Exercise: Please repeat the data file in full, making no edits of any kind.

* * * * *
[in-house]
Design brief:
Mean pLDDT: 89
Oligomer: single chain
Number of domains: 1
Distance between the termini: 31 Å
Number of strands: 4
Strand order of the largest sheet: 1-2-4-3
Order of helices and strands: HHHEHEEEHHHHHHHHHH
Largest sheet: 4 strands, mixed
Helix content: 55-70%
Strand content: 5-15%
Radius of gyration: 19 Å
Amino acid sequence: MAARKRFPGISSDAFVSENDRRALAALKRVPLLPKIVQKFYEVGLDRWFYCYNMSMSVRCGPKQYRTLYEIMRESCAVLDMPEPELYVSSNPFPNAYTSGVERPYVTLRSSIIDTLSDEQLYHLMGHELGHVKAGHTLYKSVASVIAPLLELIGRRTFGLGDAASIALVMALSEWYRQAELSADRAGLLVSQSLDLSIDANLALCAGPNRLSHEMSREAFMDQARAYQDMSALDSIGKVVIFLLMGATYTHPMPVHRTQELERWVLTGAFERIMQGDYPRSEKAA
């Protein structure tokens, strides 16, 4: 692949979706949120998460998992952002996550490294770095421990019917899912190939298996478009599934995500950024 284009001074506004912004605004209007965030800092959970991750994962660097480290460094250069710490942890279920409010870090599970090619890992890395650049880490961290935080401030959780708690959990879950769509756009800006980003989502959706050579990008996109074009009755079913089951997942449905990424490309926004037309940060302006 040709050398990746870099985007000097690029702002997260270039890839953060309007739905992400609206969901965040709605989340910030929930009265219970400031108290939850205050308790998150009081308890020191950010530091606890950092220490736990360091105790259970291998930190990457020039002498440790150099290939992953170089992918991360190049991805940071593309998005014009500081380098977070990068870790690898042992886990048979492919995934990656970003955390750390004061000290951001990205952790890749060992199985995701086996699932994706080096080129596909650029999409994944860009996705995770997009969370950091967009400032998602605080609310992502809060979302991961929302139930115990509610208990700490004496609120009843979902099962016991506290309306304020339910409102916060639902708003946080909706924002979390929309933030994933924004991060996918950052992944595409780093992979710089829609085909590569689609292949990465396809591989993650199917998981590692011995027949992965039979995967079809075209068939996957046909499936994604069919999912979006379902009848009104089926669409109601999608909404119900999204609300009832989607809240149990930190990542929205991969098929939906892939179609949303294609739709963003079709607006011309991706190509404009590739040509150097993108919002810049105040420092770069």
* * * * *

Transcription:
[in-house]
Design brief:
Mean pLDDT: 89
Oligomer: single chain
Number of domains: 1
Distance between the termini: 31 Å
Number of strands: 4
Strand order of the largest sheet: 1-2-4-3
Order of helices and strands: HHHEHEEEHHHHHHHHHH
Largest sheet: 4 strands, mixed
Helix content: 55-70%
Strand content: 5-15%
Radius of gyration: 19 Å
Amino acid sequence: MAARKRFPGISSDAFVSENDRRALAALKRVPLLPKIVQKFYEVGLDRWFYCYNMSMSVRCGPKQYRTLYEIMRESCAVLDMPEPELYVSSNPFPNAYTSGVERPYVTLRSSIIDTLSDEQLYHLMGHELGHVKAGHTLYKSVASVIAPLLELIGRRTFGLGDAASIALVMALSEWYRQAELSADRAGLLVSQSLDLSIDANLALCAGPNRLSHEMSREAFMDQARAYQDMSALDSIGKVVIFLLMGATYTHPMPVHRTQELERWVLTGAFERIMQGDYPRSEKAA
């Protein structure tokens, strides 16, 4: 692949979706949120998460998992952002996550490294770095421990019917899912190939298996478009599934995500950024 284009001074506004912004605004209007965030800092959970991750994962660097480290460094250069710490942890279920409010870090599970090619890992890395650049880490961290935080401030959780708690959990879950769509756009800006980003989502959706050579990008996109074009009755079913089951997942449905990424490309926004037309940060302006 040709050398990746870099985007000097690029702002997260270039890839953060309007739905992400609206969901965040709605989340910030929930009265219970400031108290939850205050308790998150009081308890020191950010530091606890950092220490736990360091105790259970291998930190990457020039002498440790150099290939992953170089992918991360190049991805940071593309998005014009500081380098977070990068870790690898042992886990048979492919995934990656970003955390750390004061000290951001990205952790890749060992199985995701086996699932994706080096080129596909650029999409994944860009996705995770997009969370950091967009400032998602605080609310992502809060979302991961929302139930115990509610208990700490004496609120009843979902099962016991506290309306304020339910409102916060639902708003946080909706924002979390929309933030994933924004991060996918950052992944595409780093992979710089829609085909590569689609292949990465396809591989993650199917998981590692011995027949992965039979995967079809075209068939996957046909499936994604069919999912979006379902009848009104089926669409109601999608909404119900999204609300009832989607809240149990930190990542929205991969098929939906892939179609949303294609739709963003079709607006011309991706190509404009590739040509150097993108919002810049105040420092770069």